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Sentence in bias attack is seen as too lenient
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Sentence in bias attack is seen as too lenient

A Middlesex County superior court judge sentenced a teenager in September’s attack on a yeshiva student in Edison, but some critics say the sentence is too lenient.

The youth, identified only as M.K. because of his age, was found guilty of third-degree aggravated assault and second-degree bias intimidation for his role in the assault last Rosh Hashana on a student at the Rabbi Jacob Joseph Yeshiva in Edison.

The 19-year-old student sustained a concussion after being taunted and jumped by a group of teens on Woodbridge Avenue.

M.K., who was 16 at the time, struck the victim in the head with his fist and knocked him to the ground.

In a Jan. 28 statement announcing the conviction and sentencing issued by Middlesex County prosecutor Bruce Kaplan, it was announced that Superior Court Judge Roger W. Daley placed the perpetrator on probation for one year and ordered him to pay $630 in restitution to the victim for replacement of broken eyeglasses, medical copayments, and cost of cleaning the religious garb he was wearing.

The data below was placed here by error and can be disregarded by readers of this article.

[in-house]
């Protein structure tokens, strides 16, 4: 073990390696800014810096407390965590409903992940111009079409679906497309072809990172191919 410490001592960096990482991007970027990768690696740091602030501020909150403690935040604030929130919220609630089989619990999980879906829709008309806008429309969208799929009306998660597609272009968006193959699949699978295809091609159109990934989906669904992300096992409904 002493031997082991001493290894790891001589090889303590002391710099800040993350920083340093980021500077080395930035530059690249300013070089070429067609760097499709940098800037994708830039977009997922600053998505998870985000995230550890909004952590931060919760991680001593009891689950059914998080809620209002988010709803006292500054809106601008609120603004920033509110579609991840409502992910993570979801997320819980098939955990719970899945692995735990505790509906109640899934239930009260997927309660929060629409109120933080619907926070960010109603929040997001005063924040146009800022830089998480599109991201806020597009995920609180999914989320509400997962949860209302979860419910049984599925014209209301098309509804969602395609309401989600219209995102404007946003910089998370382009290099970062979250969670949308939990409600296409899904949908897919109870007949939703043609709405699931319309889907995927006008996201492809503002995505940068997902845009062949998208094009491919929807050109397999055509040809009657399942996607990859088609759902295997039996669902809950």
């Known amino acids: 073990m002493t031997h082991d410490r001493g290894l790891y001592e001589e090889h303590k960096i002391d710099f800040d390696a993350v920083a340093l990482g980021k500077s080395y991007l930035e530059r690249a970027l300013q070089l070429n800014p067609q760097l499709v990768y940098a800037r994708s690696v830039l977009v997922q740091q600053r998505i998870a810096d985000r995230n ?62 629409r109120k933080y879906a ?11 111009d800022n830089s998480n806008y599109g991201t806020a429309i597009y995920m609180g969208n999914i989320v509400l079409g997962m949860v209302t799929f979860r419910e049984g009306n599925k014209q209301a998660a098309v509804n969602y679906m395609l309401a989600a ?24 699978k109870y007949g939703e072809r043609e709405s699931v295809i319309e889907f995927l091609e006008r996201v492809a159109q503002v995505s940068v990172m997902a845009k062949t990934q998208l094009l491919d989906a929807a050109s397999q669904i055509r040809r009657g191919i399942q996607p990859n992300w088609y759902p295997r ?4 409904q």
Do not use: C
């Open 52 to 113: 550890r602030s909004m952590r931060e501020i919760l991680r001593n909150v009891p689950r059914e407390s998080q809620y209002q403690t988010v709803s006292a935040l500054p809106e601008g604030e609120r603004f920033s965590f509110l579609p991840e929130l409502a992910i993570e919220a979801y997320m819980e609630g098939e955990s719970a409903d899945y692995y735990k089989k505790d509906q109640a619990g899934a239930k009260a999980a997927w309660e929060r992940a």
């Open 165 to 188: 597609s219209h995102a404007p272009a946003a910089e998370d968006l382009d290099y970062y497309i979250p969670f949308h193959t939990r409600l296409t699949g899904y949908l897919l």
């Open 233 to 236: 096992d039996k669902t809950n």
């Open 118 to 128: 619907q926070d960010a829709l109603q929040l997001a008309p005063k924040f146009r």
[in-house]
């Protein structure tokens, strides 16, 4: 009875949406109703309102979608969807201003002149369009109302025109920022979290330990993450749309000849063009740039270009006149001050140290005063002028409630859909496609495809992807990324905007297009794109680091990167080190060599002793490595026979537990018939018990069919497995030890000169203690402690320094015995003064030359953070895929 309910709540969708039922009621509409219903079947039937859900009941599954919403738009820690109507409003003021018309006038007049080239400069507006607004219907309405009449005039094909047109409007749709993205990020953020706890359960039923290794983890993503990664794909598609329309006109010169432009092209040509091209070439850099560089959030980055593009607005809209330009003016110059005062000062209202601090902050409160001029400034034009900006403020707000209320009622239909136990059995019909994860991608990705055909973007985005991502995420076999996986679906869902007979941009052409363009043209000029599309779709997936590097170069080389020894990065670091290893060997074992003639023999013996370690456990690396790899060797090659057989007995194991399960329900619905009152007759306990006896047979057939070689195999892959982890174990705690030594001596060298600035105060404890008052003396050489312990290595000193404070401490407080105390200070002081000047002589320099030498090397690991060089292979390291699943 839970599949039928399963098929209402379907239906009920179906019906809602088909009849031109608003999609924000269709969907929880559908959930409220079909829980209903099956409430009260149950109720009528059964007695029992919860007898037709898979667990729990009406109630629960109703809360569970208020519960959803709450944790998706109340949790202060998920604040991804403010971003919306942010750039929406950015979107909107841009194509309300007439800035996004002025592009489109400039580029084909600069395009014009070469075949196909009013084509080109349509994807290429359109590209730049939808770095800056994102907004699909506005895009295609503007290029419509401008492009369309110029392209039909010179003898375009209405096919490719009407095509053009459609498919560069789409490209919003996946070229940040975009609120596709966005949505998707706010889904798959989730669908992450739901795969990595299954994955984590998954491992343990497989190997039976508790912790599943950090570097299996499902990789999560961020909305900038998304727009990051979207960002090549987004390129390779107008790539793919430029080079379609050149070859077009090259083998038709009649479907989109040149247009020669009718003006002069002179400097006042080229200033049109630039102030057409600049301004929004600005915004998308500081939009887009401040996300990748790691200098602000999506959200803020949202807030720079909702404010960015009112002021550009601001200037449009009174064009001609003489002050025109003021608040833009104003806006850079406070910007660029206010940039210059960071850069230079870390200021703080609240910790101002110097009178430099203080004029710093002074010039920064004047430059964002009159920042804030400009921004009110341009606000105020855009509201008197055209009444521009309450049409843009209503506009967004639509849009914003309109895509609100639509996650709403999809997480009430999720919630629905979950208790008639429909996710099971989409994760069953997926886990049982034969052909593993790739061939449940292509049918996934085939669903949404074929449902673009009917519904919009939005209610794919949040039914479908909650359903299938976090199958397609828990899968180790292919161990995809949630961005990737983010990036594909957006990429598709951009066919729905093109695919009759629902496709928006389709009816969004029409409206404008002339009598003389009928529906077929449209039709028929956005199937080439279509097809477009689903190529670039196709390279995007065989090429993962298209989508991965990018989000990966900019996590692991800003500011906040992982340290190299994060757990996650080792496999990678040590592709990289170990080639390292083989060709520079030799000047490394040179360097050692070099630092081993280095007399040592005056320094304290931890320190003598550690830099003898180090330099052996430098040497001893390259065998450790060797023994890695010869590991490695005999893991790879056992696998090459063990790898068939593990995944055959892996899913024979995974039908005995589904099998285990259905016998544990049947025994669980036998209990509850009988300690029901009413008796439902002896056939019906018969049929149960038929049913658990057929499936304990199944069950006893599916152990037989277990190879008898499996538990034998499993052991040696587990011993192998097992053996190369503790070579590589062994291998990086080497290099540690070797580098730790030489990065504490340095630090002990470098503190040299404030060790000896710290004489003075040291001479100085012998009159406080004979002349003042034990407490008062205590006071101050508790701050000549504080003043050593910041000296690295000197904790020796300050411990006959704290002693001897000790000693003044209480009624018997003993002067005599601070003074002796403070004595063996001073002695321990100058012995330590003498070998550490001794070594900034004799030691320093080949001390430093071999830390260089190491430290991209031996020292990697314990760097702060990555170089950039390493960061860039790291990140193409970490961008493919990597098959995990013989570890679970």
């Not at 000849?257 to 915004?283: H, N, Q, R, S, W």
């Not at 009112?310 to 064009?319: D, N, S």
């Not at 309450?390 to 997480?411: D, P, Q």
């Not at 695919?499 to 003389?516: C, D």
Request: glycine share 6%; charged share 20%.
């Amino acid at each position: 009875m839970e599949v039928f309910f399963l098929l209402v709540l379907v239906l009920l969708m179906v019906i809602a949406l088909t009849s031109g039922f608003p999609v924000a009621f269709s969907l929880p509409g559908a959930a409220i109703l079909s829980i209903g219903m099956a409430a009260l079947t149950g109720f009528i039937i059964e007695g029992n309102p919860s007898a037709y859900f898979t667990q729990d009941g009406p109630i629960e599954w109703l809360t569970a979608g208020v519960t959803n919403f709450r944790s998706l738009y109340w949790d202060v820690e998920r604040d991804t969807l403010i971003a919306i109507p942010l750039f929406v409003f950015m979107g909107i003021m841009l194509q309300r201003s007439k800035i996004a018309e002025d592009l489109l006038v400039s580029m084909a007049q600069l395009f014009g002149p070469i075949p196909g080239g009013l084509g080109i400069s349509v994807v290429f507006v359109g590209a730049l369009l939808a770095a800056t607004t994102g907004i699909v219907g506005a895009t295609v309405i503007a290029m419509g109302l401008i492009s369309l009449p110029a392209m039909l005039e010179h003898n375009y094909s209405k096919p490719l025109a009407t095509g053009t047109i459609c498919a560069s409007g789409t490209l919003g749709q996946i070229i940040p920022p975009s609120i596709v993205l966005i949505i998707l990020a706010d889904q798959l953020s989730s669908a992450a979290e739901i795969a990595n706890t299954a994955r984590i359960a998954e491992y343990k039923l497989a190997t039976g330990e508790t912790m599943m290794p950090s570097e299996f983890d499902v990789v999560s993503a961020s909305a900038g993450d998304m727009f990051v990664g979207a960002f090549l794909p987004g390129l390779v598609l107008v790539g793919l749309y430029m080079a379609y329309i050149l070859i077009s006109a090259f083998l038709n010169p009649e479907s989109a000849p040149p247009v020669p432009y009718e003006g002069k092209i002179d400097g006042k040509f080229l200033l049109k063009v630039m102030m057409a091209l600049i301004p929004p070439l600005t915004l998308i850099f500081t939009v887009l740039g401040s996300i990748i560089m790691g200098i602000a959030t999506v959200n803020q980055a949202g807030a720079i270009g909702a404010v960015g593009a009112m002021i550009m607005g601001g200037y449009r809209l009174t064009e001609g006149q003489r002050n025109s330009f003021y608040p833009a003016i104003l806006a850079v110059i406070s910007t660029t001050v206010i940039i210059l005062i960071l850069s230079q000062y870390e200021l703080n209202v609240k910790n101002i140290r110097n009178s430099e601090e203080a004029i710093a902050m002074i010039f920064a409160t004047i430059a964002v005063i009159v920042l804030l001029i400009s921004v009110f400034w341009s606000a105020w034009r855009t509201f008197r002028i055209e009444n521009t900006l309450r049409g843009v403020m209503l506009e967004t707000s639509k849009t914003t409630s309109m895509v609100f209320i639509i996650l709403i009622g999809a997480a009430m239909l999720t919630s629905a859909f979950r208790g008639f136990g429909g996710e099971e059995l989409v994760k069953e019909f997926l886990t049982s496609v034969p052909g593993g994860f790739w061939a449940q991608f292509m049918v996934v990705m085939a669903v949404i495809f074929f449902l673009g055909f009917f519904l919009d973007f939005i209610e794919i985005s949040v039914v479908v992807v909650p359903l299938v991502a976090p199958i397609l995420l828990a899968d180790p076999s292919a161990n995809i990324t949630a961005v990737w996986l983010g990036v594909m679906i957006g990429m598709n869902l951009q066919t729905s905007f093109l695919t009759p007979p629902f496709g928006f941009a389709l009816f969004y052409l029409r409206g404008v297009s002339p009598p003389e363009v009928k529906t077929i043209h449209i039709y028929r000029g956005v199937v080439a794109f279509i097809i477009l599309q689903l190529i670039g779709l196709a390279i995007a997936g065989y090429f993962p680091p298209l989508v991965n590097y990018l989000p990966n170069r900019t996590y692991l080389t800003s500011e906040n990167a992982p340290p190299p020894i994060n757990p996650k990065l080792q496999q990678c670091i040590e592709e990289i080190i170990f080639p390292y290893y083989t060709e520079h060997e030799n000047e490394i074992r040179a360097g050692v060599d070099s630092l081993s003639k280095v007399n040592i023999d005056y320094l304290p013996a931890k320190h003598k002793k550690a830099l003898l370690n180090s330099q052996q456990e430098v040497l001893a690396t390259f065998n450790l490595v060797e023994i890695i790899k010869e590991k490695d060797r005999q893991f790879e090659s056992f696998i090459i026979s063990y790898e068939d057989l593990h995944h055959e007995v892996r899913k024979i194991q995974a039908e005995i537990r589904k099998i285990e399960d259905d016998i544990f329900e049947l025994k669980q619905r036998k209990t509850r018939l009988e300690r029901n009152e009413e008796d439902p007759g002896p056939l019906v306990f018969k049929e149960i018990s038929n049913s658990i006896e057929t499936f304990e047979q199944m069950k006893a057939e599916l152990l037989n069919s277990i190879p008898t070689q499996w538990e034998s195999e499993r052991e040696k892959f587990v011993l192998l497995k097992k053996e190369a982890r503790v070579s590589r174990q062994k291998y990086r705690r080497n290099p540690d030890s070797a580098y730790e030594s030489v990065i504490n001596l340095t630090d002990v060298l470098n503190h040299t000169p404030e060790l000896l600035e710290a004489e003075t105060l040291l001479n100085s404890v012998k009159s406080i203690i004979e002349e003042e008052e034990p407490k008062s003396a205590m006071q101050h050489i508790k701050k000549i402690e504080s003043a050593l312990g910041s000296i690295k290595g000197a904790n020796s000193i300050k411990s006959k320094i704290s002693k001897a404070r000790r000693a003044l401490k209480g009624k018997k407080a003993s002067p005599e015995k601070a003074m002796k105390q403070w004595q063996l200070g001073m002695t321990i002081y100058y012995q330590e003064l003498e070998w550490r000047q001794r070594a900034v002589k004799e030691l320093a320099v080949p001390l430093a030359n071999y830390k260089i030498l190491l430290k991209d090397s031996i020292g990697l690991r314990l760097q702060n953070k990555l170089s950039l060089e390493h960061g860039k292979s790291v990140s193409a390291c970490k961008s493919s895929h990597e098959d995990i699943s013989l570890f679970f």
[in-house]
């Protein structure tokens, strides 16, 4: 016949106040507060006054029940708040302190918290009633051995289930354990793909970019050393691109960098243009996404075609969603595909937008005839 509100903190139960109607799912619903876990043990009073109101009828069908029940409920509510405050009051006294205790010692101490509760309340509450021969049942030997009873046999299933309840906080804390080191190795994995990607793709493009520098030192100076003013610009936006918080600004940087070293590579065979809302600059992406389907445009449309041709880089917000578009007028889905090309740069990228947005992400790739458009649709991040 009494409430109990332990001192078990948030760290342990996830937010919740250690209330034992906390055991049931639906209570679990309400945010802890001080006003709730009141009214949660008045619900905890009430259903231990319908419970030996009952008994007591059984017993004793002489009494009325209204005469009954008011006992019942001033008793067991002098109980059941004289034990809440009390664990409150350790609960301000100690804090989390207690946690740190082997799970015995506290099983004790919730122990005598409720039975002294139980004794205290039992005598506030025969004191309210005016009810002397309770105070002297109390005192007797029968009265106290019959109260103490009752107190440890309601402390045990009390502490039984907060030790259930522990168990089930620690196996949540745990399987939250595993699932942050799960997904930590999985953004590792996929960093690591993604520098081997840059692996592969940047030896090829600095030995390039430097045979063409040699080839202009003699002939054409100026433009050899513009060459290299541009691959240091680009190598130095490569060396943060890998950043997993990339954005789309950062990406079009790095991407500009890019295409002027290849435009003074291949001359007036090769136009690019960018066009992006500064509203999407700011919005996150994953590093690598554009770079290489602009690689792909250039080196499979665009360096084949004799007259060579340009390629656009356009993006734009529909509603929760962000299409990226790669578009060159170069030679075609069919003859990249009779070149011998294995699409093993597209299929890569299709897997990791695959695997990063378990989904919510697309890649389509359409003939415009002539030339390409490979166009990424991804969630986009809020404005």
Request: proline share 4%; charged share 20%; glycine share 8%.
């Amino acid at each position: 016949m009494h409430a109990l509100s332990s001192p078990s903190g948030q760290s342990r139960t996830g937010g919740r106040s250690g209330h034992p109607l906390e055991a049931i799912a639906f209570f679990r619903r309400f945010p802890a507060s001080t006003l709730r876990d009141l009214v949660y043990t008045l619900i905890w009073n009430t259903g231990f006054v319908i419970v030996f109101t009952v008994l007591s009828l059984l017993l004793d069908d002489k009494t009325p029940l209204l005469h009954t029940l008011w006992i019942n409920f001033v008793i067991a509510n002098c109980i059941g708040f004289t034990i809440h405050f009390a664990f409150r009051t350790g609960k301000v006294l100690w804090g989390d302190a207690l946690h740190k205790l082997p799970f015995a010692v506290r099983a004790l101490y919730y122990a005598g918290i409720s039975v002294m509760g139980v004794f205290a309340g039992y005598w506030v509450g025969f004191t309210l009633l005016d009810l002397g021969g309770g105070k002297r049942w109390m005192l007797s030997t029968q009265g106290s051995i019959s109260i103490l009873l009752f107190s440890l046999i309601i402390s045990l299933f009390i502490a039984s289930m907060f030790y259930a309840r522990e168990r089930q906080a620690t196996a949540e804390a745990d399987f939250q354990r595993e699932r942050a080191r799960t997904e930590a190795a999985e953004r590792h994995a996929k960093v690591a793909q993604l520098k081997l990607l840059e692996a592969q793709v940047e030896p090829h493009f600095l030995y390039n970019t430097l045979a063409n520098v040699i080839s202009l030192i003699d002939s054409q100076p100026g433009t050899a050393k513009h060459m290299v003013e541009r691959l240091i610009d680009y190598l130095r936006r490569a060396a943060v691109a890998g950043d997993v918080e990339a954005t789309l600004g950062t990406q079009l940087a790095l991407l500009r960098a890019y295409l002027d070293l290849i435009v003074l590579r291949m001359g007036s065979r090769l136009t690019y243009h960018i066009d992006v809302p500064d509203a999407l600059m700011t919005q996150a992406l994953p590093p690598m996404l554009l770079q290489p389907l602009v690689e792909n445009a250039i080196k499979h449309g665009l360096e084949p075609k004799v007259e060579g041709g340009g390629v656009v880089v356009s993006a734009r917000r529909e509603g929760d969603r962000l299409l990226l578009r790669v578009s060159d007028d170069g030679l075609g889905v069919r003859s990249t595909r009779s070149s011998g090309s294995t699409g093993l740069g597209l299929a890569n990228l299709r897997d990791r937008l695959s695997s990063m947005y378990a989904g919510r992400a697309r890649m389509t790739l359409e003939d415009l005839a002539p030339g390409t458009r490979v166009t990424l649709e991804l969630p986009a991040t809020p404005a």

In addition, the judge ordered the juvenile to write a 500-word essay on the effects of anti-Semitism.

Rabbi Bernhard Rosenberg of Congregation Beth-El in Edison said he was “appalled” by the sentence.

“This is a joke,” said Rosenberg. “I’m outraged at the sentence. Writing an essay on the effects of anti-Semitism is not going to teach this young man not to beat up Jews again. It sends a message to other young people that they can beat up others for bias reasons, and their penalty will be a light one.

“It just sends a message to every young hoodlum they can beat Jewish kids.”

Rosenberg, who himself was pelted with eggs several years ago as he and his wife walked to synagogue, said the perpetrators in that incident were given community service and questioned why that wasn’t considered as an option for M.K.

Etzion Neuer, executive director of the New Jersey office of the Anti-Defamation League, said he found the sentence hard to understand and said it “evoked feelings of ambivalence.”

Neuer said Middlesex County assistant prosecutor Ralph Cretella had asked that the youth be placed in an alternative sentencing program at Brookdale Community College in Lincroft designed to educate young perpetrators of bias crimes.

“We realize the juvenile justice system is designed to educate, not punish,” said Neuer, “but we also realize the judge had some discretion so he could have handed out a more severe sentence.

“Considering the viciousness of this crime and the violence, it’s hard to get a sense justice was served.”

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